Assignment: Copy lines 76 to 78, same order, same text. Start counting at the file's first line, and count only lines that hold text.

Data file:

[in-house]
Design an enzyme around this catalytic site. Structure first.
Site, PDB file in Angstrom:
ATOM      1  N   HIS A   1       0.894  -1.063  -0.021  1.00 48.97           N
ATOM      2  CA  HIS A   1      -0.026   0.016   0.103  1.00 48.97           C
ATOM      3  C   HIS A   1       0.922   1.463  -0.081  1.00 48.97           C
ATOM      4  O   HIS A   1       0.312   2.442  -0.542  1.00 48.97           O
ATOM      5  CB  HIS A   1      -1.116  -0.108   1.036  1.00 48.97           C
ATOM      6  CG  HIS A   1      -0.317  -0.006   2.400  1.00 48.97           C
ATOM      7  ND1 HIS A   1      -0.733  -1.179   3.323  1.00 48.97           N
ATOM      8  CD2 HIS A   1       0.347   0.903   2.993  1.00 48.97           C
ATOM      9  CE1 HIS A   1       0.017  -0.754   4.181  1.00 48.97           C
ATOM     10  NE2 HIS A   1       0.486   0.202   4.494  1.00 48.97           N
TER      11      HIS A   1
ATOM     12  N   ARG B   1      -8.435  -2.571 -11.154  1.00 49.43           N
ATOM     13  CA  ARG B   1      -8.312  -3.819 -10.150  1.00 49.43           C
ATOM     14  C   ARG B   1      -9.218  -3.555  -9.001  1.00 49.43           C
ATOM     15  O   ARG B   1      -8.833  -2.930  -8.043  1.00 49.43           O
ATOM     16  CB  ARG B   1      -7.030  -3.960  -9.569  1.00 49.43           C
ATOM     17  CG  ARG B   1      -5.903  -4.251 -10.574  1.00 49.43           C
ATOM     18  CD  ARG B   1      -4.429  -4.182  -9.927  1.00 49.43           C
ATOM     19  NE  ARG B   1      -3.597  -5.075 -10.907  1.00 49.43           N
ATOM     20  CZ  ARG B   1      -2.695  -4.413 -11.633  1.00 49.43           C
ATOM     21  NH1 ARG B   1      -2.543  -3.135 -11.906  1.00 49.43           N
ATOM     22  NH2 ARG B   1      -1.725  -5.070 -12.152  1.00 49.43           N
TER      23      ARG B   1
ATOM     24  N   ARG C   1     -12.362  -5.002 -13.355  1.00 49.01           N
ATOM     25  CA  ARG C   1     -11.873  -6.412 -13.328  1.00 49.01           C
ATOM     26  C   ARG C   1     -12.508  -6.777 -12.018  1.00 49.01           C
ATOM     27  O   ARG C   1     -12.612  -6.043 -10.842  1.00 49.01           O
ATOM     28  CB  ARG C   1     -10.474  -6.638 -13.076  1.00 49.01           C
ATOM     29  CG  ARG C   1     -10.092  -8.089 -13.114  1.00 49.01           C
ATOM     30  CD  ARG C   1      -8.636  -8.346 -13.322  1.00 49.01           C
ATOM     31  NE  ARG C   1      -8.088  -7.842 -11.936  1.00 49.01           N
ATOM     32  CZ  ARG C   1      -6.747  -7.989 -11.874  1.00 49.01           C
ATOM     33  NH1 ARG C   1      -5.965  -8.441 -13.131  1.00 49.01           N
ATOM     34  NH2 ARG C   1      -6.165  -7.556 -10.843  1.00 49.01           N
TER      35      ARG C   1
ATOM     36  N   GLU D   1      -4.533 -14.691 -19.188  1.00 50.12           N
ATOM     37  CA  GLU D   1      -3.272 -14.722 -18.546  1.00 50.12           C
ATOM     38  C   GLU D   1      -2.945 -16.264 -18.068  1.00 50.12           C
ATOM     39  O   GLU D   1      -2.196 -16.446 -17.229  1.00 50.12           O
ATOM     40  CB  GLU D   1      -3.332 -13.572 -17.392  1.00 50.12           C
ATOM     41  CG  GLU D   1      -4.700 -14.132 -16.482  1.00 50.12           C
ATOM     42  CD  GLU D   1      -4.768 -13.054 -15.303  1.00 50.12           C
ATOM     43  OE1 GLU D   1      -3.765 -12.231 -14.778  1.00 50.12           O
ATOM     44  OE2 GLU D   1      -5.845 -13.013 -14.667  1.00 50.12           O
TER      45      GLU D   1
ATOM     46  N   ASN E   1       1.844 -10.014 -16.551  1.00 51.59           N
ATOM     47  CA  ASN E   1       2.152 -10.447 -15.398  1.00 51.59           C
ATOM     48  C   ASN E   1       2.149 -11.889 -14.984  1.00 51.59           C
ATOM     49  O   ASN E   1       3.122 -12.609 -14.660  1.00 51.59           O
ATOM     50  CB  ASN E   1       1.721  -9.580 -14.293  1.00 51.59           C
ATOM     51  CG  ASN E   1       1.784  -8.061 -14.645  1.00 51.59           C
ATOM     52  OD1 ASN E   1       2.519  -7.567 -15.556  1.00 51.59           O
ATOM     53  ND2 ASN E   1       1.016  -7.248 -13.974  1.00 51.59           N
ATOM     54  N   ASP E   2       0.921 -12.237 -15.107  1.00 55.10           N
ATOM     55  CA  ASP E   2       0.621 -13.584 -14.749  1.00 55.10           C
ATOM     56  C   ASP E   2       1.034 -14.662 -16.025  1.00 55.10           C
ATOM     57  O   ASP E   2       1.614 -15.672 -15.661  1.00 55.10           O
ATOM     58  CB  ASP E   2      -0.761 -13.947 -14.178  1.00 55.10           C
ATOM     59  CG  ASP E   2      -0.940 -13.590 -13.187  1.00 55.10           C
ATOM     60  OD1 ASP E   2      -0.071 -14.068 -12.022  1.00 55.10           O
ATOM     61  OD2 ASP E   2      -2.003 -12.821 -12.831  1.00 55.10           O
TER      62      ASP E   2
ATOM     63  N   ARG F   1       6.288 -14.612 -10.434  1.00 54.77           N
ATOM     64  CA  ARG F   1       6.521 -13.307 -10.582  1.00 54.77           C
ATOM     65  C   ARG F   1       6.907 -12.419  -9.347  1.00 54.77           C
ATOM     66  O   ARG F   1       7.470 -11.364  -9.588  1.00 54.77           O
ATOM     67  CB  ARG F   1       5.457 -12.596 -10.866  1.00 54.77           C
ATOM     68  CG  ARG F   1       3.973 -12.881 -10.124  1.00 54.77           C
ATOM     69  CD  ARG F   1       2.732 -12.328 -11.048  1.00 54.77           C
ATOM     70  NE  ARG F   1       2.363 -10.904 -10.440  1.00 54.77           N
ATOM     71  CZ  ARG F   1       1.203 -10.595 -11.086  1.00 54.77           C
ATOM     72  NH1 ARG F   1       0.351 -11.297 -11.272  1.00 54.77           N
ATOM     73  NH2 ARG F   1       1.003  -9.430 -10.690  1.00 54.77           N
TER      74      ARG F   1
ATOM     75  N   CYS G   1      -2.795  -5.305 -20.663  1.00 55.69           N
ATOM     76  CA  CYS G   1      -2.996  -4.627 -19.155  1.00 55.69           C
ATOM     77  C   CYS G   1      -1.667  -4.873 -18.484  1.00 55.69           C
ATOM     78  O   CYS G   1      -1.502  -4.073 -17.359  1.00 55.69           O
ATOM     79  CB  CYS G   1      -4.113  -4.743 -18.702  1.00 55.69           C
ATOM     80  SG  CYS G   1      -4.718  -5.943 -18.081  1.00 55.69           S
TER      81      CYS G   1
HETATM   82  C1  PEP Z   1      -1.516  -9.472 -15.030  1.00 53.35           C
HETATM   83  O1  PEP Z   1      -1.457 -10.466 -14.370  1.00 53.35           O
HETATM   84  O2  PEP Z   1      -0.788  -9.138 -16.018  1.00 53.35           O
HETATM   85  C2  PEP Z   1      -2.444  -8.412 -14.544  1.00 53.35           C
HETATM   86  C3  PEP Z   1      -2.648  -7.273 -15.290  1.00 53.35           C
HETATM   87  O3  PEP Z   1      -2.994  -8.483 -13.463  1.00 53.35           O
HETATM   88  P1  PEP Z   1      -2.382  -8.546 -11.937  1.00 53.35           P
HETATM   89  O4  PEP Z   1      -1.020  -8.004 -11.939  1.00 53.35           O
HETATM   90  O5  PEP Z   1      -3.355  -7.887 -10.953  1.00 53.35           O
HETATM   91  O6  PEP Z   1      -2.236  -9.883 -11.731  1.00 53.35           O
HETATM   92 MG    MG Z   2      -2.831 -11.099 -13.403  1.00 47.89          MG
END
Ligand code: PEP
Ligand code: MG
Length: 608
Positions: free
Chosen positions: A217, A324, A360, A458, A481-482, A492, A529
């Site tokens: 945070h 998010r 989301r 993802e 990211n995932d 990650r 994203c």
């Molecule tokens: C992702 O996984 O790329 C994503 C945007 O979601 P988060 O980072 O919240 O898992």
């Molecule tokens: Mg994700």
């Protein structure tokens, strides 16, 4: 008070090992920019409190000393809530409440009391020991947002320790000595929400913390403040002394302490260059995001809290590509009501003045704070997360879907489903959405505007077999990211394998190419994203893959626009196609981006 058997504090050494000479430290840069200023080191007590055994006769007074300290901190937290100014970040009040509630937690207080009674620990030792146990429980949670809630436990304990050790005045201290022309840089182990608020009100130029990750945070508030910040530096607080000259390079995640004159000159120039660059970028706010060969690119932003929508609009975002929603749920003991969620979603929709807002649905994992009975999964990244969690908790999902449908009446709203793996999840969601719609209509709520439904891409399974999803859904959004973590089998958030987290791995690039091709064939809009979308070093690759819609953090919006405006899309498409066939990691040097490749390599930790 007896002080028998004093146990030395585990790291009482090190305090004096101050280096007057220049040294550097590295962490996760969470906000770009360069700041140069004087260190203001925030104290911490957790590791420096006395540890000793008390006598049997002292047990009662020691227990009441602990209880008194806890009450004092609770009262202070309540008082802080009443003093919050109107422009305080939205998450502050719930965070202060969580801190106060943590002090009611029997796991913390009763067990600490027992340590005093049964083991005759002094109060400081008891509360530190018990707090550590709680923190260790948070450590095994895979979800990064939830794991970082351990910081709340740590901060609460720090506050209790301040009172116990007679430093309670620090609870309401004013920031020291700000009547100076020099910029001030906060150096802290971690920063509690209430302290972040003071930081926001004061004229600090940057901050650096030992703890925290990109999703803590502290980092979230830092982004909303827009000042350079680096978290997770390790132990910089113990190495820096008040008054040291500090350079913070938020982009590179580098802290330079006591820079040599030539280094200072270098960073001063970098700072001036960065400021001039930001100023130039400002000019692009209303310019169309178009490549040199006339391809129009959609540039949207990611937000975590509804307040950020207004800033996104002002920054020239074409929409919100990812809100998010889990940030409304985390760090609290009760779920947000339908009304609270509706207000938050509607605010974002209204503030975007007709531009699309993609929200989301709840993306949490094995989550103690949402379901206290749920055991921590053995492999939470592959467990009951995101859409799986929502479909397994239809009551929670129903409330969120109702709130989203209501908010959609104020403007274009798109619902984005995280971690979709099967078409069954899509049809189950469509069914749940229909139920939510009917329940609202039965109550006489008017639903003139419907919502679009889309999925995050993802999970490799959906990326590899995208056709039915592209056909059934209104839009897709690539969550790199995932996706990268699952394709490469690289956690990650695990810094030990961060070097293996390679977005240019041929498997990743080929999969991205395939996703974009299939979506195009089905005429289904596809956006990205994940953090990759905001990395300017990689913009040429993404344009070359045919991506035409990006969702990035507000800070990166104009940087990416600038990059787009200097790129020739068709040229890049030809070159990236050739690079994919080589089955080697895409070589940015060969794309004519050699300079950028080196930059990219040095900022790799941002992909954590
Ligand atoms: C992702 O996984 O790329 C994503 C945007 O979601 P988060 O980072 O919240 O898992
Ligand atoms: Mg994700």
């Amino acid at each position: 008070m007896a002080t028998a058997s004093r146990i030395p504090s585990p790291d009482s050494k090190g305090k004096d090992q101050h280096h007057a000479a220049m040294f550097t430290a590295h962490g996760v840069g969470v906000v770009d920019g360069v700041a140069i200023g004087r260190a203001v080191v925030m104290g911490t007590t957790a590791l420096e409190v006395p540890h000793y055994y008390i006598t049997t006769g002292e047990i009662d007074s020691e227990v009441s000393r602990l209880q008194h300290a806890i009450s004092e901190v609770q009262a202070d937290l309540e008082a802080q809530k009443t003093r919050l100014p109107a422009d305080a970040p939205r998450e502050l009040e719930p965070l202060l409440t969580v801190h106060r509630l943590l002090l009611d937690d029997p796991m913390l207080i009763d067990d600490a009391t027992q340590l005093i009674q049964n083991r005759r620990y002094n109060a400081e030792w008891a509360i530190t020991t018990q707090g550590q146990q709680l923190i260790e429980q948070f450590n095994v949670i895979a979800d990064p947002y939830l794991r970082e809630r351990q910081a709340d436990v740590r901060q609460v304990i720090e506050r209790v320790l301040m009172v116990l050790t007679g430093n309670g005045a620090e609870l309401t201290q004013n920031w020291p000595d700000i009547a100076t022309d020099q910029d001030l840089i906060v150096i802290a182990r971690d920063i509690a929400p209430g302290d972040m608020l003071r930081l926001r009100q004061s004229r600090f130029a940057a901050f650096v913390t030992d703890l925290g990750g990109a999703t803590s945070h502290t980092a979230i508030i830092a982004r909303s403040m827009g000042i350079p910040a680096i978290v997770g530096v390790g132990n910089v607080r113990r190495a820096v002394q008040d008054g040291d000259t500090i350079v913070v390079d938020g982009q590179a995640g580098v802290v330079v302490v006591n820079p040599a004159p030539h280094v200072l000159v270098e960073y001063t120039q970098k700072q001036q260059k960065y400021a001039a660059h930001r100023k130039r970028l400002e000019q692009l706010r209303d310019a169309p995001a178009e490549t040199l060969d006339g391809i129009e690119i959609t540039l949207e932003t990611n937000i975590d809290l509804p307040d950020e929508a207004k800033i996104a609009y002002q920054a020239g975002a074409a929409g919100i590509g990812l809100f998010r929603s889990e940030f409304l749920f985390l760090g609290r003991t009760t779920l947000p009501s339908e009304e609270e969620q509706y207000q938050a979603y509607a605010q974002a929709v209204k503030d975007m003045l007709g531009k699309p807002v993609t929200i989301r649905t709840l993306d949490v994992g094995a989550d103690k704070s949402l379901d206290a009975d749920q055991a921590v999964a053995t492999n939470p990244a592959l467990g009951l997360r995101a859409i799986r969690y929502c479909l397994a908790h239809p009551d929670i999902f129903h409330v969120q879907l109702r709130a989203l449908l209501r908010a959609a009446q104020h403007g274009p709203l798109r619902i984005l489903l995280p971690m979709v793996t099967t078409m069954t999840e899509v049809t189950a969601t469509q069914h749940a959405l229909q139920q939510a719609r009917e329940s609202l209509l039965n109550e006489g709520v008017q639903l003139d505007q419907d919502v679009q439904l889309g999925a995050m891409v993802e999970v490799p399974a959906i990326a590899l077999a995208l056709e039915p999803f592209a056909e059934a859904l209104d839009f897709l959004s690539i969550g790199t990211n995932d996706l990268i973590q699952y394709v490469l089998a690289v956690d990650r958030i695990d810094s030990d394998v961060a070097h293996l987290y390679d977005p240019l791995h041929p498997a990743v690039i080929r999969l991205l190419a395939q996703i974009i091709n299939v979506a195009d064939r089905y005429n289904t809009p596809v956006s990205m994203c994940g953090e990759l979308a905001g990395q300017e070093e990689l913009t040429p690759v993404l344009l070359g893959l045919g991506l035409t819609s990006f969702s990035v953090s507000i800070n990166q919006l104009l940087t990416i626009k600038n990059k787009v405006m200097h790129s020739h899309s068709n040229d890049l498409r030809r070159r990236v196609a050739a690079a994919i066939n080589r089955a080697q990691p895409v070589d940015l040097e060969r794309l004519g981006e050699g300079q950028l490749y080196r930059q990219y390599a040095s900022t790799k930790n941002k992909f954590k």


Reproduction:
ATOM     73  NH2 ARG F   1       1.003  -9.430 -10.690  1.00 54.77           N
TER      74      ARG F   1
ATOM     75  N   CYS G   1      -2.795  -5.305 -20.663  1.00 55.69           N